So its 2019.. and I'm still excited.

I think based on a few conversations.. in the US it might be a small issue, but in Canada and Europe.. there seems to be as much or more interest. And its still only a couple months this has been possible. The Official release of the feature is only a few days old, less than a week.. so there is still time before I'd call it wasted effort.

Comparing an mpeg4 vs mpeg2 (yes I know the terms are being misused) the quality is light years different. Those boxes that record in hyper-compressed low color resolution are very different in quality. And many DVRs have a signal clean up section not unlike a full frame TBC, so they are very tolerant of awful signal. Bonus for PAL users is these DVRs often work in NTSC or PAL modes.. so an avalanche of features from a DVR that most people 'think' worthless, that they don't want.. and sells for a song. Digital is Digital.. from 2004 or 2019 being able to offload at the highest speed/resolution and as a recording that ran for hours, even days is not something I think you can get from any recorder currently on the market.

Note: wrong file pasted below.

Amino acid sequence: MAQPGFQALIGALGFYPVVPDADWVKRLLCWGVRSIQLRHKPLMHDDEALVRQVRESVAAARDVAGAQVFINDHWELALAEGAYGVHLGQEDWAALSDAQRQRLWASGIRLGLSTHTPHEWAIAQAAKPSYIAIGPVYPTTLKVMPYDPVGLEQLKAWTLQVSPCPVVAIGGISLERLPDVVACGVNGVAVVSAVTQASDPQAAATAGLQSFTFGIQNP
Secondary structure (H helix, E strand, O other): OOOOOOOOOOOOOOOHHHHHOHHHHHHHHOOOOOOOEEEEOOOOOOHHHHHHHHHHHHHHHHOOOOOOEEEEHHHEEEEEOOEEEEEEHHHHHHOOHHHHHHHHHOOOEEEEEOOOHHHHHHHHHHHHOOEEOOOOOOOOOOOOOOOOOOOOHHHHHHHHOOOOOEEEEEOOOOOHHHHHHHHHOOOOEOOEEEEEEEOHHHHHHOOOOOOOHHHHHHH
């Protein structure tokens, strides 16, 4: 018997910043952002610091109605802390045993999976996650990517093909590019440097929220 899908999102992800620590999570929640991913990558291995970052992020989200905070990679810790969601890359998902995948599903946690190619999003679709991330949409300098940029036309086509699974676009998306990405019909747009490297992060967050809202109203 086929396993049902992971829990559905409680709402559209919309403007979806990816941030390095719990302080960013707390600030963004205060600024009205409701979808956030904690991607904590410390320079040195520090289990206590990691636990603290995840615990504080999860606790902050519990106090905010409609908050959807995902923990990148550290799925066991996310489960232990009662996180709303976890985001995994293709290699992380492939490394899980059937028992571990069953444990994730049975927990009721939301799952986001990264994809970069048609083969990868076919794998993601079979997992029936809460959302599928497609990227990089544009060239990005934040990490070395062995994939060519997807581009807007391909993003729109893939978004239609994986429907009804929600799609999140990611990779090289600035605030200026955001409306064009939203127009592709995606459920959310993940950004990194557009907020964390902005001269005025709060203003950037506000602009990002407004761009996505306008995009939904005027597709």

As an archival tool, or archeologists tool.. recorder hard drives can now been opened up like Tombs of information from years past.

I'm fascinated by USB dongles, capture cards and lots of other methods of converting.. but hands down.. the DVRs of yesterday.. still available from auction sites, garage sales and grandmas garage.. are incredible machines.. even if TV Guide doesn't work anymore.

1 time ? hmm.. it is much, much more than a tool for this one task. Its a general purpose file and data recovery tool for any hard drive. It works with nearly a hundred different file systems. And one purchase can be used over and over again across many different DVR makes and models.